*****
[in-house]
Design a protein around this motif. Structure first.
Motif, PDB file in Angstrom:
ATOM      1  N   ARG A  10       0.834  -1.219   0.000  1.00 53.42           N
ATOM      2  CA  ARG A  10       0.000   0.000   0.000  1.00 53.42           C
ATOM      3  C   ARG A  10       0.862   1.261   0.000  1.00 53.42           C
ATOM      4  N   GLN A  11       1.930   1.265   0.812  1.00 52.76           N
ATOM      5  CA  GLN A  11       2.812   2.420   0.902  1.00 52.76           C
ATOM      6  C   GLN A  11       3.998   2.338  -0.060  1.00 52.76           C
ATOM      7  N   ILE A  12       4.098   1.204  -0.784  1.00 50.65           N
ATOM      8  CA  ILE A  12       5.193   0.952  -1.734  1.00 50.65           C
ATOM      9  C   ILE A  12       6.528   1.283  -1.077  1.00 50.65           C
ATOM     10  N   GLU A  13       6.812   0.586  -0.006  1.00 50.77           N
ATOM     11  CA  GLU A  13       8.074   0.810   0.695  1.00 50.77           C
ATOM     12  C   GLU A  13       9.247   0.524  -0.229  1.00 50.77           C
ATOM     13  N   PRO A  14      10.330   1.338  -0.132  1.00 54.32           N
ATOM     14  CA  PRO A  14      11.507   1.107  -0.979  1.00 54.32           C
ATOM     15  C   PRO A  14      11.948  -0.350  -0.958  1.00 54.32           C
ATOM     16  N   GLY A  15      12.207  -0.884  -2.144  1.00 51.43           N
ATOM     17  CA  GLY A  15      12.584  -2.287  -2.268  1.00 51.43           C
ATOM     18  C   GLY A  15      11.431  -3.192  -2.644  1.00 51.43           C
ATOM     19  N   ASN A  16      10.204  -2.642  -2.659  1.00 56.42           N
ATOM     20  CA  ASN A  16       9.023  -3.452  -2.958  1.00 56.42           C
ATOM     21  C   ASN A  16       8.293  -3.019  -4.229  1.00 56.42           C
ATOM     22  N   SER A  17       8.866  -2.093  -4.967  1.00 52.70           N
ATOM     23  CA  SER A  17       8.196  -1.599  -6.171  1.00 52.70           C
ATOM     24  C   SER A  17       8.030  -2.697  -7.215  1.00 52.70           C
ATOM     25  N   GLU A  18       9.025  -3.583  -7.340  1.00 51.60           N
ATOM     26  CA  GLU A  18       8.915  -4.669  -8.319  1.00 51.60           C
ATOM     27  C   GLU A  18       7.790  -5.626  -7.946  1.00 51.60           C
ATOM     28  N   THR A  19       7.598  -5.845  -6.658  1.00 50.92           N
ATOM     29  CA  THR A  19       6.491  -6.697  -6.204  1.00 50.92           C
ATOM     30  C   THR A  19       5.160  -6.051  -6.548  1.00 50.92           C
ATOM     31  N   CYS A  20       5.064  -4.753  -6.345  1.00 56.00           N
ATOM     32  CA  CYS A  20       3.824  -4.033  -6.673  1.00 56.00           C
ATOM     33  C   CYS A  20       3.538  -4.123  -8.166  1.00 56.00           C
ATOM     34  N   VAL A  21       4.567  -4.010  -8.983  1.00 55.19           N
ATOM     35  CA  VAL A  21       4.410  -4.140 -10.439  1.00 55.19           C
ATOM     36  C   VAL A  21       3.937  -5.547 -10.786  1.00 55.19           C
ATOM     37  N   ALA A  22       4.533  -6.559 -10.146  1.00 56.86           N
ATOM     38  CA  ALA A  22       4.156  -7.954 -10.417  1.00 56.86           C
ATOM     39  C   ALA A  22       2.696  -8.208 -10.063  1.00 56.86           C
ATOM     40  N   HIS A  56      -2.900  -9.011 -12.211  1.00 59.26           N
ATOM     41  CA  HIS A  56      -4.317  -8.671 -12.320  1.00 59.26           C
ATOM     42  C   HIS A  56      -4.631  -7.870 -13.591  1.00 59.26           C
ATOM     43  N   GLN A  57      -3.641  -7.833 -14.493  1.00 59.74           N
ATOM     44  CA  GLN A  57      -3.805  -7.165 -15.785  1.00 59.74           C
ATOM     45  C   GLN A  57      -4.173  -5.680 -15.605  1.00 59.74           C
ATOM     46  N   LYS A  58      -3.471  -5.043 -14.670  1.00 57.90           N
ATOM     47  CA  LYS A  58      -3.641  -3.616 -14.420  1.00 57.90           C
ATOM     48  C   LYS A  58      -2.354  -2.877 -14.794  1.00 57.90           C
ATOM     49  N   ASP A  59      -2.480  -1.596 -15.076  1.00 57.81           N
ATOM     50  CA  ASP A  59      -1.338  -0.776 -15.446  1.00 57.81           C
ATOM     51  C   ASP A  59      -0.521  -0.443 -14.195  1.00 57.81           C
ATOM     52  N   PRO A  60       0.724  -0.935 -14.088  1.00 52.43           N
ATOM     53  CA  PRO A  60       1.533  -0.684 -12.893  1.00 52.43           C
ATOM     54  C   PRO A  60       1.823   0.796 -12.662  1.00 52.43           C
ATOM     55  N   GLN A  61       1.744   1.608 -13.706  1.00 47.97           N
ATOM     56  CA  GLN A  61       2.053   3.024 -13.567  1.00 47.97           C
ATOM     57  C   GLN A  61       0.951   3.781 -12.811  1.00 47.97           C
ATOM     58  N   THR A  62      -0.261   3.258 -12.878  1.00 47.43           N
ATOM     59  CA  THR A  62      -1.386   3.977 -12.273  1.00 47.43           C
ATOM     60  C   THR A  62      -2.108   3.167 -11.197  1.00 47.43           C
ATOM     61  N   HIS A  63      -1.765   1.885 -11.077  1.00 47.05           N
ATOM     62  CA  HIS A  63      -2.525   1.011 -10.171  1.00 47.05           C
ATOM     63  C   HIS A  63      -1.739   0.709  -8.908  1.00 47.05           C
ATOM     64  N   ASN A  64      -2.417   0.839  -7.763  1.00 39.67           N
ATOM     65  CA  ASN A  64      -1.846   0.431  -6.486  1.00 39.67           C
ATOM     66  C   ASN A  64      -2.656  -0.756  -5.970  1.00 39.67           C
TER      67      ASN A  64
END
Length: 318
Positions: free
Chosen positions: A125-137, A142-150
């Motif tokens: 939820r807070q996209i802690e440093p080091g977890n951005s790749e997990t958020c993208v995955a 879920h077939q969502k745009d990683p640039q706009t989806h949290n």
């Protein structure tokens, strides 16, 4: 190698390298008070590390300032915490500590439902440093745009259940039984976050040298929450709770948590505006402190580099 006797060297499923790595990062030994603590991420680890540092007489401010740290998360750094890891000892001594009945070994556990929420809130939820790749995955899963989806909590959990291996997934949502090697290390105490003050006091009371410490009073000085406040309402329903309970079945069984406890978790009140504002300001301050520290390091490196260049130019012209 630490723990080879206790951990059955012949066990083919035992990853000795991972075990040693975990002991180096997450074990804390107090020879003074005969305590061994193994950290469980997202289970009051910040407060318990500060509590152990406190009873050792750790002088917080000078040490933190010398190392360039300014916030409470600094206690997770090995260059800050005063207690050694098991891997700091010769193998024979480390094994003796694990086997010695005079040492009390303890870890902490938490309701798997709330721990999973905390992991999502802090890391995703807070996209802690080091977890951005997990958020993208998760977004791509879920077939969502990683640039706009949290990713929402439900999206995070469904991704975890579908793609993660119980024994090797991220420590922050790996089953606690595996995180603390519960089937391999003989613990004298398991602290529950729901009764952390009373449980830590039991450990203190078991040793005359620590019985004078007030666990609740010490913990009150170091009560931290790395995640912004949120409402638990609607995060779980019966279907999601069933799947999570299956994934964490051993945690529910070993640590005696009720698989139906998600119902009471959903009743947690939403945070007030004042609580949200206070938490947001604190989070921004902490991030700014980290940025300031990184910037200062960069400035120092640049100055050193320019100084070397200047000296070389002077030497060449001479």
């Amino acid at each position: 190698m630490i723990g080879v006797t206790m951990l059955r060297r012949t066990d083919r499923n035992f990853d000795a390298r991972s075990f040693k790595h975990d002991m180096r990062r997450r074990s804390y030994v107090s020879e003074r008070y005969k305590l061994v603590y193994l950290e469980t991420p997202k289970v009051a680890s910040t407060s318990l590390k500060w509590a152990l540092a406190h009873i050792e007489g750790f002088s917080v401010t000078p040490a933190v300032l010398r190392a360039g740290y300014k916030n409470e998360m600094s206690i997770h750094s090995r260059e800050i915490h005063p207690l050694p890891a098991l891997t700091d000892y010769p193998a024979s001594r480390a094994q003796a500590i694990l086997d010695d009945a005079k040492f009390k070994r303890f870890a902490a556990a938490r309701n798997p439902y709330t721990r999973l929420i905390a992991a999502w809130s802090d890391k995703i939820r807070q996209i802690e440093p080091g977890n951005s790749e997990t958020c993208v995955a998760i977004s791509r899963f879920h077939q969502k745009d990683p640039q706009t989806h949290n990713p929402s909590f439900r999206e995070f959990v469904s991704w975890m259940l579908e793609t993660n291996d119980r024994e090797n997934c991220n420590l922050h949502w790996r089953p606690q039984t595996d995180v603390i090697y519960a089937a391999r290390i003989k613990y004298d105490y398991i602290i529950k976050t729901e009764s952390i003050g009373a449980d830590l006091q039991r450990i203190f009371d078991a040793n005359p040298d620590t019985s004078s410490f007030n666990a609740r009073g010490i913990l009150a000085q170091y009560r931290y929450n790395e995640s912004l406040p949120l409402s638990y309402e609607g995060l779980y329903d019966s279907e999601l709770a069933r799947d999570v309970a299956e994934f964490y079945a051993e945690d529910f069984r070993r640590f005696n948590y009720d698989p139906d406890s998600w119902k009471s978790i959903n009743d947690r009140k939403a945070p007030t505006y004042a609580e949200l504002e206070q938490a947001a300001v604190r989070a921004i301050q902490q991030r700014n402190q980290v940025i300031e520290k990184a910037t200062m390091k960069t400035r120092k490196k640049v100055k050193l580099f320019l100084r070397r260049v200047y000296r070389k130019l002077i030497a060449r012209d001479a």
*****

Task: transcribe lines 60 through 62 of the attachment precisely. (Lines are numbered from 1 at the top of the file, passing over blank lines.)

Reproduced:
ATOM     57  C   GLN A  61       0.951   3.781 -12.811  1.00 47.97           C
ATOM     58  N   THR A  62      -0.261   3.258 -12.878  1.00 47.43           N
ATOM     59  CA  THR A  62      -1.386   3.977 -12.273  1.00 47.43           C